With the nation’s economy still sluggish and calls for budgets to get tighter in Washington and in Hartford, some in Connecticut’s Congressional delegation insist that the right answer is to spend more–especially on roads, bridges, railways and other projects in the Hartford area and throughout the state.
Democratic Sen. Richard Blumenthal pointed to last month’s Metro-North Commuter Railroad derailment in Bridgeport as an example of the state’s infrastructure needs. He said federal investigators have found that parts of the track were loose and in disrepair, which might have led to the crash that injured 76 people and caused an estimated $18 million in damages.
“What we see is the cost of failing to act,” Blumenthal said. “I believe that it’s very likely that the final report of the [National Transportation Safety Board] will show that that accident could’ve been prevented by more investment.”
Amtrak says track improvements will make the ride to the Green Mountain State that much faster. Some day perhaps the train will again make the trip all the way to Montreal:
“The Vermonter project to upgrade the New England Central Railroad main line is a great example of a very successful public-private partnership, helping both rail passenger and freight services,” said Raymond Goss, Senior, Vice President, New England Central Railroad. “This project involved the Vermont Agency of Transportation, the Federal Railroad Administration and the Railroad. We are happy to be part of this partnership.”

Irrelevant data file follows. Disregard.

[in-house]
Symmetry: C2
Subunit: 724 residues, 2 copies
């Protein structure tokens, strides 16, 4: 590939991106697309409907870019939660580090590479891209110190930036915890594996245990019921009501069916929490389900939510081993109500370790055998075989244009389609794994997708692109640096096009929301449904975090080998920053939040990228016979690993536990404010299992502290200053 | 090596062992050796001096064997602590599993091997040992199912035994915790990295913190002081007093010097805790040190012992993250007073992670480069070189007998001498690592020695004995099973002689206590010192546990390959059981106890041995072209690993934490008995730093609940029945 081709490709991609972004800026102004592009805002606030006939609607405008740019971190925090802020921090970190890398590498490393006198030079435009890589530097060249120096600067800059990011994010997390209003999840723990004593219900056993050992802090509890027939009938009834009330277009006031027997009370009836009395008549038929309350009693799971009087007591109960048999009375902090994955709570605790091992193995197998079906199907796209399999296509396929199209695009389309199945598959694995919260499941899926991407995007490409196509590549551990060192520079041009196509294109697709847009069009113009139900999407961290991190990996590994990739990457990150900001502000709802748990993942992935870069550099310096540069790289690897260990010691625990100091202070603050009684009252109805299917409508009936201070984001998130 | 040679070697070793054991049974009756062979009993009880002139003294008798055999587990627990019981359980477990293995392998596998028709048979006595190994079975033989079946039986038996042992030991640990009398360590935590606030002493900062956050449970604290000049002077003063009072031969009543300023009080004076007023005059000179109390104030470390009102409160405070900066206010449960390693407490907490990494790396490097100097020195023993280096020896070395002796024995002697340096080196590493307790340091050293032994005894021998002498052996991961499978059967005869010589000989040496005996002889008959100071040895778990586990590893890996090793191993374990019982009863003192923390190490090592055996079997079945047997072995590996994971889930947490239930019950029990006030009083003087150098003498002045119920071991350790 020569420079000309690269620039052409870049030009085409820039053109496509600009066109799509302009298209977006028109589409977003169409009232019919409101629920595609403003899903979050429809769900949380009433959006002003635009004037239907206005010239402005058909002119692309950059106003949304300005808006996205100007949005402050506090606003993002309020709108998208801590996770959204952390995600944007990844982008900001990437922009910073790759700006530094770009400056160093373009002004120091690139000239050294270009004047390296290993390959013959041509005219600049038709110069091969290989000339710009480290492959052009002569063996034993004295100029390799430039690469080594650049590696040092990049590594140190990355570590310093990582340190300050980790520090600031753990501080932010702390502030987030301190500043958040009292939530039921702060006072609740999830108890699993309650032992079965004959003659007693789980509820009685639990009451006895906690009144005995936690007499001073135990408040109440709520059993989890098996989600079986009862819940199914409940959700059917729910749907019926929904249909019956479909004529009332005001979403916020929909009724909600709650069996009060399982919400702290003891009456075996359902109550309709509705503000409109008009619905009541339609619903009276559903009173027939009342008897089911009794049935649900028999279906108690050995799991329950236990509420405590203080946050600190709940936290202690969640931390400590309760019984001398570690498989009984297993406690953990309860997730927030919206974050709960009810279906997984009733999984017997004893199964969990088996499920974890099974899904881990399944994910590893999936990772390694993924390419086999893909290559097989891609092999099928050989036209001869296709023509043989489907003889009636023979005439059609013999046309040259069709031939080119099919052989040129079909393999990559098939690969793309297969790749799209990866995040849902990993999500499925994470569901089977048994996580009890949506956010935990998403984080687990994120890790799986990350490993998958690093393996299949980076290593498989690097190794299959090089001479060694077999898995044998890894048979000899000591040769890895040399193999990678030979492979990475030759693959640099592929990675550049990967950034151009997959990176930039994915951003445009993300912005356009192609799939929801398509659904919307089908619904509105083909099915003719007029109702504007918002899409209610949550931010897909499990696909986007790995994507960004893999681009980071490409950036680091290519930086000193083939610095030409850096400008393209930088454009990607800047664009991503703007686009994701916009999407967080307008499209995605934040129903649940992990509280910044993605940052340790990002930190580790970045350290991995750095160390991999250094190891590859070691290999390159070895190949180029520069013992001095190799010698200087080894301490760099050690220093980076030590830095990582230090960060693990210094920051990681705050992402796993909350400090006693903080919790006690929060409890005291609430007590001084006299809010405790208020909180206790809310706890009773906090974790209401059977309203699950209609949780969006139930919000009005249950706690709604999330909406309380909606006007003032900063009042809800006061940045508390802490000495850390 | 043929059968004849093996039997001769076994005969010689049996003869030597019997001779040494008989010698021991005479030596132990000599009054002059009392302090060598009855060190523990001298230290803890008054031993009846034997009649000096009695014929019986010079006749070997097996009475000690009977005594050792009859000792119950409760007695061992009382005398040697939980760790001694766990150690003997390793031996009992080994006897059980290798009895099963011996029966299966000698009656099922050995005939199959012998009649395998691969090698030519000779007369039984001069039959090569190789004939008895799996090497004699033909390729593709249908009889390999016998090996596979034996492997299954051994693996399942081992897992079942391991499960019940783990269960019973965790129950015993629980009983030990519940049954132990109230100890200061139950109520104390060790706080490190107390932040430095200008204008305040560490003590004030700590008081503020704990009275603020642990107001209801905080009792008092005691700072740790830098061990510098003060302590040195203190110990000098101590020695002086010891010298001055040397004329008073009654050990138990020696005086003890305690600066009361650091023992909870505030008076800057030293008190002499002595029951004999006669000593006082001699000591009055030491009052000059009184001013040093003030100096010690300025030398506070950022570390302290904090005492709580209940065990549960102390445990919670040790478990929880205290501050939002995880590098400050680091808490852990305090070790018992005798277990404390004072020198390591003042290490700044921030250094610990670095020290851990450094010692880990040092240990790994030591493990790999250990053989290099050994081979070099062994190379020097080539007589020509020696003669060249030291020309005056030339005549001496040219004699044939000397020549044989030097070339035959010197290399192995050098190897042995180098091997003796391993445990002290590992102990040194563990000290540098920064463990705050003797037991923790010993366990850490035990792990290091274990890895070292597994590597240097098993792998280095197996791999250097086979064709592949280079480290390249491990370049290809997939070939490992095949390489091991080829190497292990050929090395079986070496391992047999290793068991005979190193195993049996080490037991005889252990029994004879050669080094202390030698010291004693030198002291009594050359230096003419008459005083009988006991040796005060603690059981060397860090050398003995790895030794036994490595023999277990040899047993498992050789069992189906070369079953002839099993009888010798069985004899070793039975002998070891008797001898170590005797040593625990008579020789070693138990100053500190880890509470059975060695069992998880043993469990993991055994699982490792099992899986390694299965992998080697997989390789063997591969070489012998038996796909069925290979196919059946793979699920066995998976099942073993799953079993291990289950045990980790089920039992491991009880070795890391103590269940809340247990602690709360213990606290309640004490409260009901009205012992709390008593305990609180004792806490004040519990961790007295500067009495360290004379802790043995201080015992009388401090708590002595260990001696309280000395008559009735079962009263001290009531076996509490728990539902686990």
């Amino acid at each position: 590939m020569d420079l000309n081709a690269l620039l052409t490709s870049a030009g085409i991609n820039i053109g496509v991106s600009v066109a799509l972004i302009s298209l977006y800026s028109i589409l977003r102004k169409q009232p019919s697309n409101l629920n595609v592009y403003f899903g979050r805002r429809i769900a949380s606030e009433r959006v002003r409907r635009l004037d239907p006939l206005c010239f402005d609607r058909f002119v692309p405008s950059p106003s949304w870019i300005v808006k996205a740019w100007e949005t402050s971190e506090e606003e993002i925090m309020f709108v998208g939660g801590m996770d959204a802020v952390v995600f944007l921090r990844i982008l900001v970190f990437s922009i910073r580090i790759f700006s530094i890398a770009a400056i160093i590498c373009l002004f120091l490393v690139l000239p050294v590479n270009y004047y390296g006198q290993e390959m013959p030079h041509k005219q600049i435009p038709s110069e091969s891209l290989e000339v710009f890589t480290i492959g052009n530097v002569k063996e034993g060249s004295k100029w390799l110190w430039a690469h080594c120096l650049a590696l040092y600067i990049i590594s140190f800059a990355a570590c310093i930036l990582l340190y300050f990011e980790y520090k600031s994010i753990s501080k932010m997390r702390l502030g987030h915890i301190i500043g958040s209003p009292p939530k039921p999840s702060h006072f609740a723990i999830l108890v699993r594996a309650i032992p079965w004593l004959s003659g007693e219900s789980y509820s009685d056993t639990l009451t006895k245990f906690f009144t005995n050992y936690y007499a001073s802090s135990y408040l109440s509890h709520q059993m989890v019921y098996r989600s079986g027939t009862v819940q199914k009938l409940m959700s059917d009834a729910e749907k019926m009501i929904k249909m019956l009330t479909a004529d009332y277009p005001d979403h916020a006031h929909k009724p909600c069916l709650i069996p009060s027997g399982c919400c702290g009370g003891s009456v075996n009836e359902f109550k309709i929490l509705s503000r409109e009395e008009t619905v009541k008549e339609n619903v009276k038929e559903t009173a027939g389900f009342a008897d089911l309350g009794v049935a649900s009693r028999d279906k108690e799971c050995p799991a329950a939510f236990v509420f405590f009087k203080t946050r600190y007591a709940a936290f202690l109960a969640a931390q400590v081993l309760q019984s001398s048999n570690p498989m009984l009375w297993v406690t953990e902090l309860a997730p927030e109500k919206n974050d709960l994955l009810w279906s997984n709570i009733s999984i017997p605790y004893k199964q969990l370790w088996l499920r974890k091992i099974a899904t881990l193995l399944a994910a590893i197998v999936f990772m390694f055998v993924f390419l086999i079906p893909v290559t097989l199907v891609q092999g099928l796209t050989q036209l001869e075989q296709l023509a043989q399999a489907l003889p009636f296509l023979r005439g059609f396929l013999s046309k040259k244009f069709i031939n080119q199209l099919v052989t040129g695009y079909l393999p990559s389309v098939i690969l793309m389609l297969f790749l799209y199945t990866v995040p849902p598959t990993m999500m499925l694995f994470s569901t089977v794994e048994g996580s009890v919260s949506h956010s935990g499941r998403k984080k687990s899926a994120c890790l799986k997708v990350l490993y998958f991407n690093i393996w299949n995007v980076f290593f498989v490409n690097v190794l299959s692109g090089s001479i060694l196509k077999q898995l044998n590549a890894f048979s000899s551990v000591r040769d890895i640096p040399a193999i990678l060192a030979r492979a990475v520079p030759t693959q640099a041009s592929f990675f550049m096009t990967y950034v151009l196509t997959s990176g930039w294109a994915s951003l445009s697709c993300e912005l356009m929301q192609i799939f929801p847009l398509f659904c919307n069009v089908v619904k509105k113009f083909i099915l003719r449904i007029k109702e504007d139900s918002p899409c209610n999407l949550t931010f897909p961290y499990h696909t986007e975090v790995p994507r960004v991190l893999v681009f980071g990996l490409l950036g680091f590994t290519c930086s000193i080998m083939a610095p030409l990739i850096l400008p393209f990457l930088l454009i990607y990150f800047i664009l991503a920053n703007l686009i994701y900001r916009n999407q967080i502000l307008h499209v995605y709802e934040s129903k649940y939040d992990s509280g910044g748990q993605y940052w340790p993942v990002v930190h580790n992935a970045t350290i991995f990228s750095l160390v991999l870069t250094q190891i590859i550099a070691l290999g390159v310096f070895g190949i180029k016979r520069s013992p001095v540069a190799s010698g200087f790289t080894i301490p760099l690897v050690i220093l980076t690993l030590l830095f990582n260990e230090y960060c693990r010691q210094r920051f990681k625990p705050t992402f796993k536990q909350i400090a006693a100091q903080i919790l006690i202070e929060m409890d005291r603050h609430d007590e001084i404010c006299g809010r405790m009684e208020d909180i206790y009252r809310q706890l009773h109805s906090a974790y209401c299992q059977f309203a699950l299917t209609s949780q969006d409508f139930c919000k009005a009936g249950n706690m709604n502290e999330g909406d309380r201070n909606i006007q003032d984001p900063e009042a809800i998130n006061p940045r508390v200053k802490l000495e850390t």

Web Correspondent Jenny Wilson climbed aboard the commuter train yesterday with Fairfield County residents struggling to get in and out of Manhattan. Service from New Haven resumes today. It’s still a free ride in and out of the city.
On Thursday, the first day MetroNorth trains ran again after Hurricane Sandy, Darien resident Dan Bevill chose to drive into New York for the second day in a row rather than taking the train. “I wasn’t sure how crowded it would be,” Bevill said. “I thought that everyone would be piling onto the train and the traffic wouldn’t be so bad.”
Turns out he wasn’t the only one who thought that way: His commute into the city took three hours, while MetroNorth passengers were treated to light traffic and smooth commutes. Trains were only running from Stamford, so Maureen Presutto of Fairfield had to make slight adjustments to her commute, but she said she arrived at work by 9, just like always. Continue reading
Chris Keating is down in Greenwich preparing a story on MetroNorth and how commuters are going to get into New York.
With a potentially once-in-a-lifetime hurricane approaching, Gov. Dannel P. Malloy announced Sunday night that the state’s court system will be closed down Monday.
The sprawling court system stretches into every region of the state, handling everything from divorce cases to arraignments on Monday mornings for those arrested over the weekend who have not yet made bail. They will now have to spend at least another day in jail. Continue reading